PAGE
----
At the Reservoir
I was in a terrible mood on Sunday.
I woke up feeling okay, but soon thereafter came to inhabit a general state of grumpiness. Which then declined to cantankerous crankiness. And by the time I was half-way to church, I realized I was downright mad at the world.
The train I was riding on went out of service (of course it did), so I waited impatiently on the subway platform for the next train. I stewed and fumed and tapped my foot. I flipped through nearly every song on my iPod, trying to find one that would make me feel better, but none of them did. None of them. Not Frank, not Van, not anything. Nothing. Was. Right. Not on my iPod, not in my life, not in the world.
I caught myself thinking despairing “Why God, Why?” thoughts – Why does my life look the way it does? Why are there volcanoes and why is there injustice? Why does this subway platform smell so bad, and where the
As I was already running late (really late), I considered ditching church entirely. I was in a terrible mood, after all. Maybe too terrible to be around people. Maybe what I needed instead was to take myself to a coffee shop, sit quietly with a book or my journal and just calm down. Do church alone this morning.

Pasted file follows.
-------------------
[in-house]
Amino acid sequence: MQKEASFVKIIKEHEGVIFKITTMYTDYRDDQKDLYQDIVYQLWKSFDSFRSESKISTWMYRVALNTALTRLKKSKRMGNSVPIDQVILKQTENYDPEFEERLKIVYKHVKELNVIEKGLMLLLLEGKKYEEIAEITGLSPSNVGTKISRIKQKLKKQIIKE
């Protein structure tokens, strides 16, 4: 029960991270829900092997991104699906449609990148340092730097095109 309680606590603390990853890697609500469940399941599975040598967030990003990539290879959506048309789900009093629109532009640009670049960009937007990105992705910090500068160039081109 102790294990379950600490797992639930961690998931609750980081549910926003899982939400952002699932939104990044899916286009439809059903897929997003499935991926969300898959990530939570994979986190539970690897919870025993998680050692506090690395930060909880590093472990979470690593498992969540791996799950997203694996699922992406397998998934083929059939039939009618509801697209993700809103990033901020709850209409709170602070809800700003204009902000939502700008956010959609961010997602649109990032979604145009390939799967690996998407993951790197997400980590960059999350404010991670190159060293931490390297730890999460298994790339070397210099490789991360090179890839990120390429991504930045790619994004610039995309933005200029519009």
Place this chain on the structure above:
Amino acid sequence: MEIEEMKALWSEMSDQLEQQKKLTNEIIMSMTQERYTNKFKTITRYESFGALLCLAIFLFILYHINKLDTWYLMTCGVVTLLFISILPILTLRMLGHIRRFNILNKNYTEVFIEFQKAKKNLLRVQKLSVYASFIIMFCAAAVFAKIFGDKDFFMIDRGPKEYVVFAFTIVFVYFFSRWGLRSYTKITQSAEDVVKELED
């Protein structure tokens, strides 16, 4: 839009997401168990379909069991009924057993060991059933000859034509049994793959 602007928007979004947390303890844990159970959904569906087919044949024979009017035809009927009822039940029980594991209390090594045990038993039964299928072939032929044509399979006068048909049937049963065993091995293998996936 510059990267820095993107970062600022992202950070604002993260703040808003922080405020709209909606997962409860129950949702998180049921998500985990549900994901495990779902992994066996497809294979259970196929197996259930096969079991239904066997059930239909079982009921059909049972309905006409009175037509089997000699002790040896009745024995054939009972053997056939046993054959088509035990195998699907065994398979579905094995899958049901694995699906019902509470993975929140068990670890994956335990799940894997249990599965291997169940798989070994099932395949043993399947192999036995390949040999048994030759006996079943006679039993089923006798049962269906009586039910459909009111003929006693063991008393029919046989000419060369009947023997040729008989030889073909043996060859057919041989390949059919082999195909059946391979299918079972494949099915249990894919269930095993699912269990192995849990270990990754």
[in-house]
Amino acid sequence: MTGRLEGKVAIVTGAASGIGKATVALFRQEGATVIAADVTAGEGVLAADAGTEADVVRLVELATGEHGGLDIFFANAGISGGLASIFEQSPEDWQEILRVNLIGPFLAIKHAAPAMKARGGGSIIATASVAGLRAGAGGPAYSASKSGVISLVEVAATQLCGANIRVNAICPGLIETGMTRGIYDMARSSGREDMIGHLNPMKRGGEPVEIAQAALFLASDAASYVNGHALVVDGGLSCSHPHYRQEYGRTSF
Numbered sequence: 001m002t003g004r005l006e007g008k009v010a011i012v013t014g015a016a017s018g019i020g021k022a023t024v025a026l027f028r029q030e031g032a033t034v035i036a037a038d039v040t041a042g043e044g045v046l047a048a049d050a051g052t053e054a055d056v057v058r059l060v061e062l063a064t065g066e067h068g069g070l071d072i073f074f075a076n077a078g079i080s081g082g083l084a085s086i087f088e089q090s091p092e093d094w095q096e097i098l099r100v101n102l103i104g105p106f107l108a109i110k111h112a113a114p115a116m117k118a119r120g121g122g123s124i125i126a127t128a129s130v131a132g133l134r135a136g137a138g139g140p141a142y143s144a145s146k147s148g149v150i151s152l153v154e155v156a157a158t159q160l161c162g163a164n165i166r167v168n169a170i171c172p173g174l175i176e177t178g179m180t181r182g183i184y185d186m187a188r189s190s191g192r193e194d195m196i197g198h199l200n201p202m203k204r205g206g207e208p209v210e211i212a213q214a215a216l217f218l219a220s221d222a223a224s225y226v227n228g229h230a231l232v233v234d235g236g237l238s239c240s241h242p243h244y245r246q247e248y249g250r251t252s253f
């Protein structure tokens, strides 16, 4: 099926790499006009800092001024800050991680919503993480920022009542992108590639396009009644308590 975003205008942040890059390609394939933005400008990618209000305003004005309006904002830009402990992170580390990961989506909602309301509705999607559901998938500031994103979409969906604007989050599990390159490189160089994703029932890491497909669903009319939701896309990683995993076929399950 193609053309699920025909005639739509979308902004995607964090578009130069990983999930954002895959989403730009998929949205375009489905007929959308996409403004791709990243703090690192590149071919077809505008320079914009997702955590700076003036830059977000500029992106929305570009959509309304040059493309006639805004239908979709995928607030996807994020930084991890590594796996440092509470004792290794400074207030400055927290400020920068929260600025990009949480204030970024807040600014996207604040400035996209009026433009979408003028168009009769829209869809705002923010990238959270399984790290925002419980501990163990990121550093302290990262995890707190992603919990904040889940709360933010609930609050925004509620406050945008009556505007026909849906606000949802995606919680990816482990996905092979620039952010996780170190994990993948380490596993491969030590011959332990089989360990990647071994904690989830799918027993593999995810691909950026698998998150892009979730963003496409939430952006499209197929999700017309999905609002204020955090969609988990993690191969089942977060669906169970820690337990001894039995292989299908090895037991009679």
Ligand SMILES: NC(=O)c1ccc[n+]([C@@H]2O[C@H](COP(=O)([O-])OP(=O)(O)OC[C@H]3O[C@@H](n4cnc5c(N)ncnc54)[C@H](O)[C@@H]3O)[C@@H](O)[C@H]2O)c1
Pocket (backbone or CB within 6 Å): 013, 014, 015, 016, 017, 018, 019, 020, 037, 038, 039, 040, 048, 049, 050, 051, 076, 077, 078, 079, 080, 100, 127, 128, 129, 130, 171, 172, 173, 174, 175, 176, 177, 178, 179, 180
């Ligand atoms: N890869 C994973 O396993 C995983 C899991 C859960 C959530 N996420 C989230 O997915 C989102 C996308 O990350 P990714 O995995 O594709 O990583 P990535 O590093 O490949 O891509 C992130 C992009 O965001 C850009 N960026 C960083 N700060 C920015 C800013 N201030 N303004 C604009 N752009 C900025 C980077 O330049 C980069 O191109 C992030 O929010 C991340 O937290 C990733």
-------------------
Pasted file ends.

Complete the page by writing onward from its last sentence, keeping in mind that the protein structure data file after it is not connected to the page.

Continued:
But then I figured I had come this far already, and I remembered there was a meeting after the service I needed to attend, so when the
I arrived in time to sing a favorite hymn, with a stanza that spoke loudly to me:
"O Joy that seekest me through pain,I sat with friends and hugged them, I was challenged by the sermon, I took communion. Afterwards I went to brunch with said friends, and as we shared our stories over pancakes, potatoes and coffee, I felt listened to. Understood. Cared for.
I cannot close my heart to thee;
I trace the rainbow through the rain,
And feel the promise is not vain,
That morn shall tearless be."
My problems weren’t fixed. The world – still messy. My attitude about it – not 100% improved.
But I felt connected, and that helped.
That helped a lot.